Significant flooding in France has prompted the evacuation of thousands of people. Now both The Louvre and the Musée d’Orsay have closed their doors in order to protect invaluable art from the rising River Seine, which is at its highest level in 30 years.

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A 1910 flood still holds the record for the worst to hit the city, with water levels reaching 28 feet. Now the river has reached levels of around 16 feet and continues to rise. Officials said it’s still under the levels that would be dangerous for locals, though more rain is expected this weekend.

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Given that The Louvre and the Musée d’Orsay are near the river, both museums have contingency plans for such a disaster. Earlier this year, they each went through “flood of the century” training. According to Gizmodo, The Louvre may have to relocate 250,000 pieces of art in order to mitigate damages.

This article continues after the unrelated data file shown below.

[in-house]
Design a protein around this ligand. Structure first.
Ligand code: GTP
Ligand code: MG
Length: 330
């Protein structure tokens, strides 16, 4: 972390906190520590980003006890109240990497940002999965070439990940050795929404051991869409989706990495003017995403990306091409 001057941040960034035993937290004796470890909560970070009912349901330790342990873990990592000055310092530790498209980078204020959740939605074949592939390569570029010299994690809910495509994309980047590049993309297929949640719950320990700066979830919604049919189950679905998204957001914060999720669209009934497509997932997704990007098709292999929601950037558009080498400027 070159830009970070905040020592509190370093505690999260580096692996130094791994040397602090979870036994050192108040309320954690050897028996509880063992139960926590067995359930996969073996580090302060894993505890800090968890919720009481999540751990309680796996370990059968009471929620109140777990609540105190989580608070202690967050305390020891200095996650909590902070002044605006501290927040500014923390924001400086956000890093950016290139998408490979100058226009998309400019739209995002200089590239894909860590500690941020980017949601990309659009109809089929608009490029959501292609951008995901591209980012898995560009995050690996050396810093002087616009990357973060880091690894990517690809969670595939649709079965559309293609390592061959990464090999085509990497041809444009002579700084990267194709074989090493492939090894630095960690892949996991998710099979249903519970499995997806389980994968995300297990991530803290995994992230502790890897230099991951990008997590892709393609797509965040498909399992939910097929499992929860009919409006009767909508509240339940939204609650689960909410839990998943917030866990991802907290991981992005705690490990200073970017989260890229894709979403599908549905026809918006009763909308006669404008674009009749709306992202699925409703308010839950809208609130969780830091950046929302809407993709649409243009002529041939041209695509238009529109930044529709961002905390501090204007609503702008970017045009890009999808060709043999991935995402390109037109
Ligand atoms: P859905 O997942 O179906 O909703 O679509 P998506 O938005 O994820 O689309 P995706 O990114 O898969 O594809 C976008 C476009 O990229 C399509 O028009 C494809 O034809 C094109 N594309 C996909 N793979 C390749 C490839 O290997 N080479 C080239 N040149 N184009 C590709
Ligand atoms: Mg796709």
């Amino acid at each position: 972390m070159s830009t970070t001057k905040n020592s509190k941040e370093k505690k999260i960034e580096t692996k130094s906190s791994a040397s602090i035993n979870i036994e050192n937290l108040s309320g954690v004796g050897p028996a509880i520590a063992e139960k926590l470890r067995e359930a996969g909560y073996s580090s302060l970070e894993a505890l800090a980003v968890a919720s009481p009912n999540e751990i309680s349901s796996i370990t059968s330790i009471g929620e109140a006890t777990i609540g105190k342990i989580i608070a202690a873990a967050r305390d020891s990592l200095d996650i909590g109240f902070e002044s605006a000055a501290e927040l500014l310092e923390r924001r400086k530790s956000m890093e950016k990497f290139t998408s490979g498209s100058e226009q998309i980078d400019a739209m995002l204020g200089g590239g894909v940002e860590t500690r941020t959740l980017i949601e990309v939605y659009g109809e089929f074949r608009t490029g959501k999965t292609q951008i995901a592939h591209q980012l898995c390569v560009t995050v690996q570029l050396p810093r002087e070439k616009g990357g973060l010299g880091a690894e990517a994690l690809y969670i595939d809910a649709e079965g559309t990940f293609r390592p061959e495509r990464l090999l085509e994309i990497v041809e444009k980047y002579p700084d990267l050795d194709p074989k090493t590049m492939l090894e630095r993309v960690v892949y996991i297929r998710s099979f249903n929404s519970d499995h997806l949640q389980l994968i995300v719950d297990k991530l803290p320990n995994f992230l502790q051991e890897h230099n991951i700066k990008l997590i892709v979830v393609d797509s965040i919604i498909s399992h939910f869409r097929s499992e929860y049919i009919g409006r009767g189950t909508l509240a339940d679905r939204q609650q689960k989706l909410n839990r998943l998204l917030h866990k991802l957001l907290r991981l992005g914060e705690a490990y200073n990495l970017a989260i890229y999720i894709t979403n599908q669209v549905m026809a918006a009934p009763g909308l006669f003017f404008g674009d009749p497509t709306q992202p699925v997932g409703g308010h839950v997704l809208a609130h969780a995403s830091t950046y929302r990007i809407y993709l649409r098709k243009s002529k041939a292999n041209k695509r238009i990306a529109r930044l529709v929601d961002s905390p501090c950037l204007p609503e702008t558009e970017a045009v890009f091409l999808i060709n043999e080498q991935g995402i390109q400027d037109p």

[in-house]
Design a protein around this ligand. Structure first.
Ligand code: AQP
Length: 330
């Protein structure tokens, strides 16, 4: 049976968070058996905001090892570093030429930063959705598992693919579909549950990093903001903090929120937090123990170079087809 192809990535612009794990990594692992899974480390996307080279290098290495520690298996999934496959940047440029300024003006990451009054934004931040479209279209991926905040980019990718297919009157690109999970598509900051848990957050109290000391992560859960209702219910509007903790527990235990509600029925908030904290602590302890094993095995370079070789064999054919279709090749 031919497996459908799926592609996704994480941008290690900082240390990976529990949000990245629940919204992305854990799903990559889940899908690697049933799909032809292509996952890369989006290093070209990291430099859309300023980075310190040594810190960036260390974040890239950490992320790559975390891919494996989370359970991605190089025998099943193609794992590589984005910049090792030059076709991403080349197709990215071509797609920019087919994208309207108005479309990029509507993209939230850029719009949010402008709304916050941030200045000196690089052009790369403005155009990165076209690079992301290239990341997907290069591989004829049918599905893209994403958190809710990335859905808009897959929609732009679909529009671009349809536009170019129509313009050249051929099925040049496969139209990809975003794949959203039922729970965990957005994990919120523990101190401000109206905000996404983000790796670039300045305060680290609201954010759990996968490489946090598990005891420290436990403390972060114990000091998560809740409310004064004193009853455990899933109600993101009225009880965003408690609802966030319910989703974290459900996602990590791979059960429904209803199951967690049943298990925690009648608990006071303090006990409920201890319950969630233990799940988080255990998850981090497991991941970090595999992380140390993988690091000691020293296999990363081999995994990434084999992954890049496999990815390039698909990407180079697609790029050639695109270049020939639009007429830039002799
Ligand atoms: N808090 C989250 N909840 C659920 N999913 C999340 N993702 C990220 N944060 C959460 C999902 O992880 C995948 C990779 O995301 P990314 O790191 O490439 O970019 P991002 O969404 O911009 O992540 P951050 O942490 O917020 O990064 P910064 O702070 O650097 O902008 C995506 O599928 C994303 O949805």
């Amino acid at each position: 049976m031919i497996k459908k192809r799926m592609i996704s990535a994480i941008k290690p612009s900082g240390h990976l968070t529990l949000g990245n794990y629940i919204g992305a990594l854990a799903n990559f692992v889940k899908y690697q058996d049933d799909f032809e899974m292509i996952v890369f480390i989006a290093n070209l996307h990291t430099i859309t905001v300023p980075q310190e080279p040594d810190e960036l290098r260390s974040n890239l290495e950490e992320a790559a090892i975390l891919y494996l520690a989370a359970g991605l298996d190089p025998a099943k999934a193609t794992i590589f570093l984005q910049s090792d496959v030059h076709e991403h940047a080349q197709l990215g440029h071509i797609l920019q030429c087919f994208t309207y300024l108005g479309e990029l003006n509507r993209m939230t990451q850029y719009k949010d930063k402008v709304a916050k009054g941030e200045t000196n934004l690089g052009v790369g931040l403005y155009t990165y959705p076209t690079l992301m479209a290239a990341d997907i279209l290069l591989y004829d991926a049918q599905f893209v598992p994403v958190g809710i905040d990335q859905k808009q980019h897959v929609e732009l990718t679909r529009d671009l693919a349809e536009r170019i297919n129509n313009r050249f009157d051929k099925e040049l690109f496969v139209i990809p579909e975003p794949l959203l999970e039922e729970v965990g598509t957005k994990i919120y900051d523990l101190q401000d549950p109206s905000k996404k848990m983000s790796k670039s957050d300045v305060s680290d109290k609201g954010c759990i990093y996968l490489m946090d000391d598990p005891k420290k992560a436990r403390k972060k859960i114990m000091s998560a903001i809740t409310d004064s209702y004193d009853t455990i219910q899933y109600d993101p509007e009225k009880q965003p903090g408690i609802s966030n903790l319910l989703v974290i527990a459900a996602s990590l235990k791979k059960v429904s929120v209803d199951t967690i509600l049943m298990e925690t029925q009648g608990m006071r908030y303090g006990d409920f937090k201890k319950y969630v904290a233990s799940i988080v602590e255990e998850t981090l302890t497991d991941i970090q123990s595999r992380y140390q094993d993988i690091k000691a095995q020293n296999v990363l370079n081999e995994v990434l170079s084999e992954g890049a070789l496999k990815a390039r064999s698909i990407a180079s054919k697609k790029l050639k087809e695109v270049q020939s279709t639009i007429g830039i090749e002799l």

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The flood has hit other areas surrounding Paris as well. French residents have described the weather as a “deluge.” According to France’s weather service, there hasn’t been this much rain in May since 1960. In one town 45 miles south of Paris, water rose toward some buildings’ second stories and 3,000 out of 13,000 people had to leave their homes. Reuters reports that UNESCO World Heritage site Château de Chambord is “surrounded” by the flood. At least two people in France have perished, an elderly man and woman. Other areas of Europe including Germany and Austria are also dealing with flooding.

French President Francois Hollande called a state of emergency for some areas. He also connected the flood to climate change and said we need to take action.

Via Gizmodo and Reuters

Images via Wikimedia Commons and Pedro Ignacio Guridi on Flickr